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It was great to have the energy ... without actually having to be punk.
June 14, 2014 5:51 PM   Subscribe


 
that dude on the right looks like Boyd Rice.
posted by boo_radley at 6:23 PM on June 14


But if, as pop theorist Simon Reynolds contends, C86 was "post-punk with its most radical elements ... purged", its sexual politics also made a mark that can still be seen. This anti-macho, chaste music made women feel welcome as musicians, not sex objects.

I've never heard the compilation itself but there was definitely a change in feeling in that genre.
posted by Dip Flash at 6:27 PM on June 14 [2 favorites]


I was just reading about this compilation in the liner notes of the Stump anthology that came out this week.
posted by cropshy at 6:45 PM on June 14


I had not one but two Close Lobsters cassettes around 1989, both bought at a mall record store in the midwestern US - I think that contra the article, quite a few of those bands had some success.
posted by Frowner at 6:47 PM on June 14


I guess I was thinking of C89.
posted by wotsac at 6:49 PM on June 14 [2 favorites]


I had not one but two Close Lobsters cassettes around 1989, both bought at a mall record store in the midwestern US - I think that contra the article, quite a few of those bands had some success.

I had the same experience and didn't understand that statement either. Other bands were formed from some of these as well--David Callahan from The Wolfhounds went on to start Moonshake, which was never a huge band, but they were around throughout the 90s.
posted by sleepy pete at 7:00 PM on June 14


Did somebody say Stump?
posted by computech_apolloniajames at 7:02 PM on June 14


I have bought so many CDs from Stephen Pastel. He's the opposite of the snotty indie store clerk; really involved, keen to find stuff you like, and expand your experience from there.
posted by scruss at 7:14 PM on June 14 [3 favorites]


Hah! I was thinking this would be the C89 Compilation History, which is a very different thing.
posted by Tell Me No Lies at 7:36 PM on June 14


This post reminds me of how very often I used to read interviews of bands who were before my time, but whose music I could still find, and how much I kind of miss doing that, actually. Some of these bands were a significant part of my youth after around 2003.
posted by quiet earth at 8:41 PM on June 14


Also, I highly recommend Fuzzbox. What a treasure.
posted by quiet earth at 8:50 PM on June 14


It's not to hard to find both c86 and c81. It does look like c86 is getting a 3 CD box set.
posted by Catblack at 9:43 PM on June 14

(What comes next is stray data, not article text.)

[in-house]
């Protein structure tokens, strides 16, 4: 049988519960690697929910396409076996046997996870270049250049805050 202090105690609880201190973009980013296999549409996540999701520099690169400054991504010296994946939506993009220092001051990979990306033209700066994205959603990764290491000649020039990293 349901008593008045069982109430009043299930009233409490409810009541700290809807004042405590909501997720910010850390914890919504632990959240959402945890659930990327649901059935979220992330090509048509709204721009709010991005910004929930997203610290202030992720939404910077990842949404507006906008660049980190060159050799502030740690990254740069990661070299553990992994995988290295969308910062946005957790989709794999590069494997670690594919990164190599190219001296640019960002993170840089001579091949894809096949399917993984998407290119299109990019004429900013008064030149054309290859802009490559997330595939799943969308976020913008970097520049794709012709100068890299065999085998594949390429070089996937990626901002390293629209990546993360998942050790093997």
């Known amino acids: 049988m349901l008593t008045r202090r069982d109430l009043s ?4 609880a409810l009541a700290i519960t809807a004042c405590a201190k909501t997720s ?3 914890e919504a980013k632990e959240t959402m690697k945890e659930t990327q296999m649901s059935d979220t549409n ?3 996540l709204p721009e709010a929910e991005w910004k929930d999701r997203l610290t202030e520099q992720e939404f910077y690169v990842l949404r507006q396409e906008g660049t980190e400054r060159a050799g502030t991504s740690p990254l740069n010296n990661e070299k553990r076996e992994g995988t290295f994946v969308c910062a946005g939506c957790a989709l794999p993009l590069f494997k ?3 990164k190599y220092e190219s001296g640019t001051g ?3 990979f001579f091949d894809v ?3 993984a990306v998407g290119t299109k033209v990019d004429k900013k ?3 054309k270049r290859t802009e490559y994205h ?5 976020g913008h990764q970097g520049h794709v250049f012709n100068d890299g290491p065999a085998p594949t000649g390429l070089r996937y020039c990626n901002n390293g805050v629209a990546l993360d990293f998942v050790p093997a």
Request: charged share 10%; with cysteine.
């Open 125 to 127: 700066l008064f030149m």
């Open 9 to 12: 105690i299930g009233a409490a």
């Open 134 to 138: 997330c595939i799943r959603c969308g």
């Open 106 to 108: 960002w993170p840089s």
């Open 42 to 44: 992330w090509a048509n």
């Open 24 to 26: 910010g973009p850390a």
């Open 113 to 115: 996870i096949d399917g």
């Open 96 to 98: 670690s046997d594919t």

It's already out, or is supposed to be (I've got a promo copy right in front of me, in fact).
posted by mirepoix at 10:17 PM on June 14


I went to the C86 gig in London last night. It was great to finally see Yeah Yeah Noh, other highlights were an energetic set from the Wolfhounds, and the Wedding Present closing things with a clutch of old favourites.
posted by kenchie at 4:12 AM on June 15 [1 favorite]


Man this is a great example of why oral histories suck sometimes. They got 150 identical quotes from people saying there was no movement, no sound, and nothing at all interesting about this compilation. But I can tell you, as someone who heard a Wedding Present tape from this era out of nowhere in the 90s, when they sounded so amazing and different from anything else, and then finding out that there was a specific time and place that birthed this gorgeous, frantic, sardonic music--this comp was like the holy grail. Just own it ffs you Scottish jerks, you were part of something glorious, a group mania for the Velvet Underground and Jesus & Mary Chain and the Smiths & romantic poetry and crunchy big muff distortion pedals that could never be replicated now where scenes are all by nature eclectic and a songwriting style isn't going to just sweep through a city making everyone under 23 form the same band.

I fuckin love this comp. Get back on my lawn you surly old dorks.
posted by Potomac Avenue at 4:48 AM on June 15 [12 favorites]


I dare anyone to listen to "You Should Always Keep In Touch With Your Friends" and not want to cry in a drainage ditch under a grey sky and then weld a leather jacket and sunglasses on to your body and write 400 identical tunes and play that kind of music forever.
posted by Potomac Avenue at 4:55 AM on June 15 [2 favorites]


It's not to hard to find both c86 and c81. It does look like c86 is getting a 3 CD box set.

I just picked it up.

The frontman of one of the bands on the two extra discs actually sits behind me at work; his post-rock'n'roll career path went towards audio production, then audio software development and most recently mobile app development. I'm half considering asking him to autograph the disc in question, just because.
posted by acb at 8:18 AM on June 15


But if, as pop theorist Simon Reynolds contends, C86 was "post-punk with its most radical elements ... purged", its sexual politics also made a mark that can still be seen. This anti-macho, chaste music made women feel welcome as musicians, not sex objects.

I've never heard the compilation itself but there was definitely a change in feeling in that genre.


See also: Sarah Records, who took that and ran with it, to the point of getting somewhat bolshy about zines putting pictures of pretty girls on their covers and band photographers singling out the female bassist/keyboardist for the front of the photo. There's a new documentary coming out about the label (I saw it in Bristol last month) and a book titled Popkiss coming out.

For what it's worth, I wrote a piece for The Quietus about Sarah after the exhibition.
posted by acb at 8:23 AM on June 15 [4 favorites]


Metafilter: Get back on my lawn you surly old dorks.
posted by 3.2.3 at 10:41 AM on June 15


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